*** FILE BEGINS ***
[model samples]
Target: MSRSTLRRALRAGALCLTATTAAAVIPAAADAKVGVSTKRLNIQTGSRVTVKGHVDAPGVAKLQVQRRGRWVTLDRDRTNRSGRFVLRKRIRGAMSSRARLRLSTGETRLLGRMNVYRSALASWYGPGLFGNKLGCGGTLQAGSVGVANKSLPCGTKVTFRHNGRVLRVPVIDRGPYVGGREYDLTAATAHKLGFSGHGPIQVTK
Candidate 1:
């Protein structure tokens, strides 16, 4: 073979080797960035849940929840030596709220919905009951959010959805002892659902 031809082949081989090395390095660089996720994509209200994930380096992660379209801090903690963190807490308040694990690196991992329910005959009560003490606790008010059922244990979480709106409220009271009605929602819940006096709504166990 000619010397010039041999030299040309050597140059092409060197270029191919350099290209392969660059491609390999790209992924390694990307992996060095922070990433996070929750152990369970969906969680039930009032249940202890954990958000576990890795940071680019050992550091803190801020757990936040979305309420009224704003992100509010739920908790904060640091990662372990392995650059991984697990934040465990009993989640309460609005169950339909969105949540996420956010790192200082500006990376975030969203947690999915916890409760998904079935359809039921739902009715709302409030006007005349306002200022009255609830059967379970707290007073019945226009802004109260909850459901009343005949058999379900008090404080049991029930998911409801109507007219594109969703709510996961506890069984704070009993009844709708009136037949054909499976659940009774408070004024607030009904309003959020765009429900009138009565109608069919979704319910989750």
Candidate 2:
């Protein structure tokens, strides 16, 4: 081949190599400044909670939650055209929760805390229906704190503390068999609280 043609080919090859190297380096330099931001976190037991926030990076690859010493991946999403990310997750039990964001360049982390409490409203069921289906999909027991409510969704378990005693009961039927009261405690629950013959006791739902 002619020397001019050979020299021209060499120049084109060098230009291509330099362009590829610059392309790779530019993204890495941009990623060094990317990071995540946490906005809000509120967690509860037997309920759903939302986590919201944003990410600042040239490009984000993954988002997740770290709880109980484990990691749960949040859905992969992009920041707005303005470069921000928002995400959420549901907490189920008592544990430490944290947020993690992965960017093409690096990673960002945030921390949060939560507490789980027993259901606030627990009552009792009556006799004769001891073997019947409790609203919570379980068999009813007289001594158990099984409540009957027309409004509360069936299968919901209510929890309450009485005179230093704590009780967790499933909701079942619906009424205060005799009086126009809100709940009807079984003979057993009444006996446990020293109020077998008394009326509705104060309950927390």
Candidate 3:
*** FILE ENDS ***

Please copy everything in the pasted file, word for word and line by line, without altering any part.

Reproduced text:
[model samples]
Target: MSRSTLRRALRAGALCLTATTAAAVIPAAADAKVGVSTKRLNIQTGSRVTVKGHVDAPGVAKLQVQRRGRWVTLDRDRTNRSGRFVLRKRIRGAMSSRARLRLSTGETRLLGRMNVYRSALASWYGPGLFGNKLGCGGTLQAGSVGVANKSLPCGTKVTFRHNGRVLRVPVIDRGPYVGGREYDLTAATAHKLGFSGHGPIQVTK
Candidate 1:
């Protein structure tokens, strides 16, 4: 073979080797960035849940929840030596709220919905009951959010959805002892659902 031809082949081989090395390095660089996720994509209200994930380096992660379209801090903690963190807490308040694990690196991992329910005959009560003490606790008010059922244990979480709106409220009271009605929602819940006096709504166990 000619010397010039041999030299040309050597140059092409060197270029191919350099290209392969660059491609390999790209992924390694990307992996060095922070990433996070929750152990369970969906969680039930009032249940202890954990958000576990890795940071680019050992550091803190801020757990936040979305309420009224704003992100509010739920908790904060640091990662372990392995650059991984697990934040465990009993989640309460609005169950339909969105949540996420956010790192200082500006990376975030969203947690999915916890409760998904079935359809039921739902009715709302409030006007005349306002200022009255609830059967379970707290007073019945226009802004109260909850459901009343005949058999379900008090404080049991029930998911409801109507007219594109969703709510996961506890069984704070009993009844709708009136037949054909499976659940009774408070004024607030009904309003959020765009429900009138009565109608069919979704319910989750």
Candidate 2:
């Protein structure tokens, strides 16, 4: 081949190599400044909670939650055209929760805390229906704190503390068999609280 043609080919090859190297380096330099931001976190037991926030990076690859010493991946999403990310997750039990964001360049982390409490409203069921289906999909027991409510969704378990005693009961039927009261405690629950013959006791739902 002619020397001019050979020299021209060499120049084109060098230009291509330099362009590829610059392309790779530019993204890495941009990623060094990317990071995540946490906005809000509120967690509860037997309920759903939302986590919201944003990410600042040239490009984000993954988002997740770290709880109980484990990691749960949040859905992969992009920041707005303005470069921000928002995400959420549901907490189920008592544990430490944290947020993690992965960017093409690096990673960002945030921390949060939560507490789980027993259901606030627990009552009792009556006799004769001891073997019947409790609203919570379980068999009813007289001594158990099984409540009957027309409004509360069936299968919901209510929890309450009485005179230093704590009780967790499933909701079942619906009424205060005799009086126009809100709940009807079984003979057993009444006996446990020293109020077998008394009326509705104060309950927390």
Candidate 3: